Full Details On Brock Lesnar's NFL Preseason Debut

Thanks to Wade Keller of PWTorch.com for the following:

Former NCAA wrestling champion and WWE main event star Brock Lesnar, wearing no. 69, made his NFL preseason debut as a defensive nose tackle and special teams player tonight. His team, the Minnesota Vikings, hosted the Arizona Cardinals at the Metrodome in Minneapolis, Minn.

Lesnar first came into the game early in the second quarter on the kickoff team after the Vikings scored. He charged down the field and made contact with a blocker with the Cardinals. He played on the kickoff team two other times in the first half, also.

He lined up on the field goal blocking team twice also late in the first half and early in the second half.

Late in the fourth quarter, he played on the defensive line for the first time, looking good against the Cardinals' third stringers. He didn't record any sacks, but he was double-teamed on most plays, a sign of respect and perhaps a sign that the Cardinals coaching staff wanted to be sure he didn't make a big play against them, or it could have been a scheme for the play having nothing to do with Lesnar being on the field.

In any case, Lesnar drew compliments from the Minnesota TV announcing crew at this point. They praised him for being the first on the practice field, the last off, enthusiastic, "very coachable," and holding his own during the half dozen or so defensive plays he was part of late in the fourth quarter.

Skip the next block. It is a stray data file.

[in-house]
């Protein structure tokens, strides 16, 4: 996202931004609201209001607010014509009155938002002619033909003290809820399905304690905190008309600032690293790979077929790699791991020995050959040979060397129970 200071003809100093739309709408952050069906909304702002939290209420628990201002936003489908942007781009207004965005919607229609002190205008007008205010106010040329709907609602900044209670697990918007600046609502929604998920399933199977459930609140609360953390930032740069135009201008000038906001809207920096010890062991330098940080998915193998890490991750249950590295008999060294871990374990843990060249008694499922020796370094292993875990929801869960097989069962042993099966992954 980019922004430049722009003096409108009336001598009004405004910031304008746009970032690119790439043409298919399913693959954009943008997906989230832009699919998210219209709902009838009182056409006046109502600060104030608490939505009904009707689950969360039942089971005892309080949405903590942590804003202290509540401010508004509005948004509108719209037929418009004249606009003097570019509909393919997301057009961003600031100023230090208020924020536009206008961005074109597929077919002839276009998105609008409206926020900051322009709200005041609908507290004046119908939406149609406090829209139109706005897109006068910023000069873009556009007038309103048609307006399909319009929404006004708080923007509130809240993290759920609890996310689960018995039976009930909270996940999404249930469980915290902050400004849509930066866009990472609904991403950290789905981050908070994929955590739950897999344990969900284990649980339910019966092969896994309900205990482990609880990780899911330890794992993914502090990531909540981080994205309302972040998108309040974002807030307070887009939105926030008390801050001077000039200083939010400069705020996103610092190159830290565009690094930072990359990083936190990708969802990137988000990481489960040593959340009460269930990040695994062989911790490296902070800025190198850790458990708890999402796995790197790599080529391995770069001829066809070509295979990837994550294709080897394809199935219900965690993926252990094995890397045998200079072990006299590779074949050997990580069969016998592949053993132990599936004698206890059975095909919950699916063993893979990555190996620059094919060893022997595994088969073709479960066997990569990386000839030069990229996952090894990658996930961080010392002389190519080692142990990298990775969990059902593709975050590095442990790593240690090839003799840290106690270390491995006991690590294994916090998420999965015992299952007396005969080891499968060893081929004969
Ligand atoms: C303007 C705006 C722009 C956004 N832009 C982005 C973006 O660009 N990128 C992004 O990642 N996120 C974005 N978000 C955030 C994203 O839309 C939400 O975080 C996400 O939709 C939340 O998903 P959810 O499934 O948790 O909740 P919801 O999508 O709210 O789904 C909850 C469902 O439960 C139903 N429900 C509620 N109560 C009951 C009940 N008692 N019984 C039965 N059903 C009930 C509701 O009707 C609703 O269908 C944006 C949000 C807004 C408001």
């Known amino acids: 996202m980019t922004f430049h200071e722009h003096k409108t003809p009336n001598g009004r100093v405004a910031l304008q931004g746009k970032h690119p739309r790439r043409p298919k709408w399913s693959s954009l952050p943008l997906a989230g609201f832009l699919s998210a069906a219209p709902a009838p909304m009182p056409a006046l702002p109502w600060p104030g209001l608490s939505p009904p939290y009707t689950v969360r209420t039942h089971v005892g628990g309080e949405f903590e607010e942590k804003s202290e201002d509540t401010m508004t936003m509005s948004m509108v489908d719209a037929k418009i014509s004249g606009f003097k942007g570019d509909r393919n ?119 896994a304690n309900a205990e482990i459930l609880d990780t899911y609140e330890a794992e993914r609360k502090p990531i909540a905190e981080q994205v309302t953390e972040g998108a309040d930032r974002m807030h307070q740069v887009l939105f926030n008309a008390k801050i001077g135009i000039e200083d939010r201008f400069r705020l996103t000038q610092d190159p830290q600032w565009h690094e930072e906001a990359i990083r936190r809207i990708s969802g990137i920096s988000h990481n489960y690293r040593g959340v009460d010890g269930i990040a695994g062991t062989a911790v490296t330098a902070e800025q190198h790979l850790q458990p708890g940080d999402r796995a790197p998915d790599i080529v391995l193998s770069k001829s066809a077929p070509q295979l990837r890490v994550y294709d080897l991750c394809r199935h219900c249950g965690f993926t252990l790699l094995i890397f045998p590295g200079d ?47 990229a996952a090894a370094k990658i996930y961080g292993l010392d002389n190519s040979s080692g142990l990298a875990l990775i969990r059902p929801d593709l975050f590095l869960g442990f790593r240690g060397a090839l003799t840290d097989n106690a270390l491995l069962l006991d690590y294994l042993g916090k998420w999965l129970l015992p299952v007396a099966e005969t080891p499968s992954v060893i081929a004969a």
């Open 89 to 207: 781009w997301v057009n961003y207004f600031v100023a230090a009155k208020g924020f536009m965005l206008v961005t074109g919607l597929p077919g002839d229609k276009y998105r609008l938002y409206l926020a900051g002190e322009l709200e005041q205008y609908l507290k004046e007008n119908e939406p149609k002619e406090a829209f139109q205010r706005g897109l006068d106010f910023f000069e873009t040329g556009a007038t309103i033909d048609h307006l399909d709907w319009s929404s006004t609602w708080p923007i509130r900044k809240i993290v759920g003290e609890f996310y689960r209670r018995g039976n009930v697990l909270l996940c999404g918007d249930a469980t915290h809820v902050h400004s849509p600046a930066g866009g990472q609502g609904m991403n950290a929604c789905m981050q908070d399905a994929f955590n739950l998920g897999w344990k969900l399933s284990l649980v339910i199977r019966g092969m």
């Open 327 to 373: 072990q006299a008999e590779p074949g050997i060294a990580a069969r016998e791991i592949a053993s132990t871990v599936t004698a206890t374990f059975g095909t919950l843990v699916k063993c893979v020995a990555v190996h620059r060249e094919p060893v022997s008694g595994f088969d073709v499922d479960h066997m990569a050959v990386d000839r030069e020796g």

After his first stint on the defensive line, he returned to the bench and got the attention of a coach. He was soon asking questions, smiling, and getting some tips on handwork from the defensive line coach. After their discussion, the defensive line coach patted him on the shoulder and he let out a big smile.

After the game ended, he was interviewed by one TV journalist, but by no means was swarmed by members of the media. No attention was drawn to his presence inside the Metrodome, and fans didn't seem particularly vocal when he first entered the game. There were no chants of "Brock," even though his trying out for the Vikings has been one of the biggest stories of training camp. There was a brief five second prerecorded appearance on the Metrodome big screen by Brock when he first came out to play on the defensive line where he shouted some words of encouragement to the crowd in a "pro wrestling style" promo.

He did not make a spectacle of himself on the sideline or on the field; rather, he just blended in. He didn't socialize much with teammates, instead spending most of the game standing on the sidelines with his helmet in his hand watching the game, which is what most other players did. He chatted occasionally with fellow defensive lineman Billy Lyon. He did get attention from coaches when he returned to the sidelines after most of his plays on the field, but nothing that stood out as disciplinary or complimentary, but more so just teaching.

During the radio show post-game show, he was not among four players who were part of a fan poll to recognize a new player who did the most to improve his standing on the team. The four players mentioned are higher on the depth chart and more likely to make the team and contribute. Lesnar was talked about as someone "fighting to make the practice squad." The TV commentators talked about him as someone you'd want on your team because of his work ethic and enthusiasm.

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